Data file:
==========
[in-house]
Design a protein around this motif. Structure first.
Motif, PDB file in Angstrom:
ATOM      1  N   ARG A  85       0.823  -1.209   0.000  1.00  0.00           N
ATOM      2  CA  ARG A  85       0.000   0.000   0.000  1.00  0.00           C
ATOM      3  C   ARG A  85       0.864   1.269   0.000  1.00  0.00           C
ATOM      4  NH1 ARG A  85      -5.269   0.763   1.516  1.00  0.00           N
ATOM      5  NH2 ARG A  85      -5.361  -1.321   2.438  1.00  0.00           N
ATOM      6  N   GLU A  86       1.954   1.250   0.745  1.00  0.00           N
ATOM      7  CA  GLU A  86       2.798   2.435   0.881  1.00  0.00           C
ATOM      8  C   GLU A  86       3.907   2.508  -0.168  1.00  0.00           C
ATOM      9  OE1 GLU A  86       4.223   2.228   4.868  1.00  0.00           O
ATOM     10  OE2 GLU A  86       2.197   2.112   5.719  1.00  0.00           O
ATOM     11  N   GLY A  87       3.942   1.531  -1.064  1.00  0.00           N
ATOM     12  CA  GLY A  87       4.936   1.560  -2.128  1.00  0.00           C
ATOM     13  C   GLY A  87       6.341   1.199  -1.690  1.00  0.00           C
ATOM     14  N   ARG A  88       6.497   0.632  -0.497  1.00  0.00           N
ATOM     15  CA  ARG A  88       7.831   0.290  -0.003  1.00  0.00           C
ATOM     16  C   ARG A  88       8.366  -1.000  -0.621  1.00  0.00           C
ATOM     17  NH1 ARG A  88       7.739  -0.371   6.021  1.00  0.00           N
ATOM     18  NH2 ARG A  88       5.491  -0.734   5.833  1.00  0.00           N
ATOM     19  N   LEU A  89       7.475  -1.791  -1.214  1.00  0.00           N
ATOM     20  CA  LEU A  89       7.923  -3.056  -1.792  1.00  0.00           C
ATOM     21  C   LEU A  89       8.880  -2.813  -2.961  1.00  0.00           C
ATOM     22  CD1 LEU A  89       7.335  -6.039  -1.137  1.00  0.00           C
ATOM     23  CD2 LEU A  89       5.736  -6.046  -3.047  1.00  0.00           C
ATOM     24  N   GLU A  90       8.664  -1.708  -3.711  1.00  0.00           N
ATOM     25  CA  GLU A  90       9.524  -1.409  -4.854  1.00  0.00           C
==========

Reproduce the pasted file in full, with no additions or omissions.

[in-house]
Design a protein around this motif. Structure first.
Motif, PDB file in Angstrom:
ATOM      1  N   ARG A  85       0.823  -1.209   0.000  1.00  0.00           N
ATOM      2  CA  ARG A  85       0.000   0.000   0.000  1.00  0.00           C
ATOM      3  C   ARG A  85       0.864   1.269   0.000  1.00  0.00           C
ATOM      4  NH1 ARG A  85      -5.269   0.763   1.516  1.00  0.00           N
ATOM      5  NH2 ARG A  85      -5.361  -1.321   2.438  1.00  0.00           N
ATOM      6  N   GLU A  86       1.954   1.250   0.745  1.00  0.00           N
ATOM      7  CA  GLU A  86       2.798   2.435   0.881  1.00  0.00           C
ATOM      8  C   GLU A  86       3.907   2.508  -0.168  1.00  0.00           C
ATOM      9  OE1 GLU A  86       4.223   2.228   4.868  1.00  0.00           O
ATOM     10  OE2 GLU A  86       2.197   2.112   5.719  1.00  0.00           O
ATOM     11  N   GLY A  87       3.942   1.531  -1.064  1.00  0.00           N
ATOM     12  CA  GLY A  87       4.936   1.560  -2.128  1.00  0.00           C
ATOM     13  C   GLY A  87       6.341   1.199  -1.690  1.00  0.00           C
ATOM     14  N   ARG A  88       6.497   0.632  -0.497  1.00  0.00           N
ATOM     15  CA  ARG A  88       7.831   0.290  -0.003  1.00  0.00           C
ATOM     16  C   ARG A  88       8.366  -1.000  -0.621  1.00  0.00           C
ATOM     17  NH1 ARG A  88       7.739  -0.371   6.021  1.00  0.00           N
ATOM     18  NH2 ARG A  88       5.491  -0.734   5.833  1.00  0.00           N
ATOM     19  N   LEU A  89       7.475  -1.791  -1.214  1.00  0.00           N
ATOM     20  CA  LEU A  89       7.923  -3.056  -1.792  1.00  0.00           C
ATOM     21  C   LEU A  89       8.880  -2.813  -2.961  1.00  0.00           C
ATOM     22  CD1 LEU A  89       7.335  -6.039  -1.137  1.00  0.00           C
ATOM     23  CD2 LEU A  89       5.736  -6.046  -3.047  1.00  0.00           C
ATOM     24  N   GLU A  90       8.664  -1.708  -3.711  1.00  0.00           N
ATOM     25  CA  GLU A  90       9.524  -1.409  -4.854  1.00  0.00           C